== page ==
If you dig into the numbers of the study you'll notice that it includes 18 and 19 year olds as teenagers. While it is true that the birth rate in the aforementioned age bracket has risen, it doesn't factor in that teen birth rates for the lower age bracket is still on the decline. So it's technically true that "... teen birth rate in the United States rose in 2006 for the first time since 1991." But by not clarifying or pointing out this distinction the report you referenced can be misleading. Just thought you'd like to know.

Ethel C. Fenig adds:
 
Andy Bryant adds:If you dig into the of the study you'll notice that it includes 18 and 19 year olds as teenagers. While it is true that the birth rate in the aforementioned age bracket has risen, it doesn't factor in that teen birth rates for the lower age bracket is still on the decline. So it's technically true that "... But by not clarifying or pointing out this distinction the report you referenced can be misleading. Just thought you'd like to know.Ethel C. Fenig adds: 
Coming the day after the announcement that Nickelodeon star, 16 year old Jamie Lynn Spears -- sister of you know who, who has her own parental, marital, professional and other personal woes -- is with child fathered by a 19 year old and a week after the release of Juno, a widely acclaimed movie about an atypical teen ager who is pregnant--white, middle class family--personalized the statistics reported by the US government on adolescent pregnancy.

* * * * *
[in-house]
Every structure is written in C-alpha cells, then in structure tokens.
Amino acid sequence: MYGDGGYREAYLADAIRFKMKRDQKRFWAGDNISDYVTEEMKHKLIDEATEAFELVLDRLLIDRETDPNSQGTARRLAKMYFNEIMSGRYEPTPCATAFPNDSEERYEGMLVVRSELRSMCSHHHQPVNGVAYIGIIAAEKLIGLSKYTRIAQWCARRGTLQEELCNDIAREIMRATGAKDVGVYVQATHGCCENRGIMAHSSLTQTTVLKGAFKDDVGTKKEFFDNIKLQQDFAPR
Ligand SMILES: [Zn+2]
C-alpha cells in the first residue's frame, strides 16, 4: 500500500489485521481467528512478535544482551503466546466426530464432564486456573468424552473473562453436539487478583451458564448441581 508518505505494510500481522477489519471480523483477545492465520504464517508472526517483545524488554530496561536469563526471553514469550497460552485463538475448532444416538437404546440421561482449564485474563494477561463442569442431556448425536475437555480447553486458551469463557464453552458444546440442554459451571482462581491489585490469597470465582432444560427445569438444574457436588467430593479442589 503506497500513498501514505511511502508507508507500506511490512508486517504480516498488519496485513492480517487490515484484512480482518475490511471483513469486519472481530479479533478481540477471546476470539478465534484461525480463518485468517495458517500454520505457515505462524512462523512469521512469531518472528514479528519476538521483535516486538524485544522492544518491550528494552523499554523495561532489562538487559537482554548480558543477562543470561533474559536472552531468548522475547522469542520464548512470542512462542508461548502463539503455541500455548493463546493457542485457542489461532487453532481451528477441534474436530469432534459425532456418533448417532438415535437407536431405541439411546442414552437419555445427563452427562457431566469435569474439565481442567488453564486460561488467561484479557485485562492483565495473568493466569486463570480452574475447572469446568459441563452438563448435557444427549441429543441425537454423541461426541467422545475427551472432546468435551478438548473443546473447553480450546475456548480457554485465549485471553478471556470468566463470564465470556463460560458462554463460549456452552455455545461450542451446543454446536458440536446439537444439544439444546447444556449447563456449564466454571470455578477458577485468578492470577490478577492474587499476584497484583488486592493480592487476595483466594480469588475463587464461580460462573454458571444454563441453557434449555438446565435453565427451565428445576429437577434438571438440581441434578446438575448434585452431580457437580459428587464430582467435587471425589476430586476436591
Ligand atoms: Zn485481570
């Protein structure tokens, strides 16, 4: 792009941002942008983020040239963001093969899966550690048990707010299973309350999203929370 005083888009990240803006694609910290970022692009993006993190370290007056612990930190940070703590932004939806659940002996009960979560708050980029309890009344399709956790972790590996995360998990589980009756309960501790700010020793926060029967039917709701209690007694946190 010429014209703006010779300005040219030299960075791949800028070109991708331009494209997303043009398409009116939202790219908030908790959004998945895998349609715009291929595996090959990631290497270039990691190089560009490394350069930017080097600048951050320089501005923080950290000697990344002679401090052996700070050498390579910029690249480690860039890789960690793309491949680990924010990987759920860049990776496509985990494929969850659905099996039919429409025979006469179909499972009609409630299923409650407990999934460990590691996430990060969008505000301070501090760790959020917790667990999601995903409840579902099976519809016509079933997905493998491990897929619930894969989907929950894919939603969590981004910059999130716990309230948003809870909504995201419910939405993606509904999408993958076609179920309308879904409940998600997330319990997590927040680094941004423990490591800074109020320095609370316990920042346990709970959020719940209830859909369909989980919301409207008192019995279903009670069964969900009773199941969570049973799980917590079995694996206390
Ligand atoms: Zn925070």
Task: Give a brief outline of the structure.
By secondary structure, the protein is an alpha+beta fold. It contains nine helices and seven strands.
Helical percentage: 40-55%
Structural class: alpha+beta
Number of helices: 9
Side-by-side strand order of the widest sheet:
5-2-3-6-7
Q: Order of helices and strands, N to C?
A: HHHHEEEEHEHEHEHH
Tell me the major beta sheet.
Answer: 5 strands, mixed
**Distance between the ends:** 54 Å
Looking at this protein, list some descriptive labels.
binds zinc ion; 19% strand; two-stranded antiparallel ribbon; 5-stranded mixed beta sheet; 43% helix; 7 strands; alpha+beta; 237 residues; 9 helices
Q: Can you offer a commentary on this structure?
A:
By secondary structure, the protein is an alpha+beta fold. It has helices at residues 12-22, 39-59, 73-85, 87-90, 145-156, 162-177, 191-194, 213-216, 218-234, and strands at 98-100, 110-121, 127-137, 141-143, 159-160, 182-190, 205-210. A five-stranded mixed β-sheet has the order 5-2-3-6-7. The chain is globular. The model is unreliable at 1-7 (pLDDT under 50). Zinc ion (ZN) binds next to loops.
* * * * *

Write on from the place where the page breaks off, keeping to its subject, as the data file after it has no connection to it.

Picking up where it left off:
In the US, just about any under 16 year old is way too young to parent properly; given the lack of maturity and resources of most 17-20 year olds, they too should not be parents.  But alas, as we pointed out, many are. And their children are not the only ones who suffer; the wider society does also with increased crime, educational disruption, family problems and poverty percolating through society.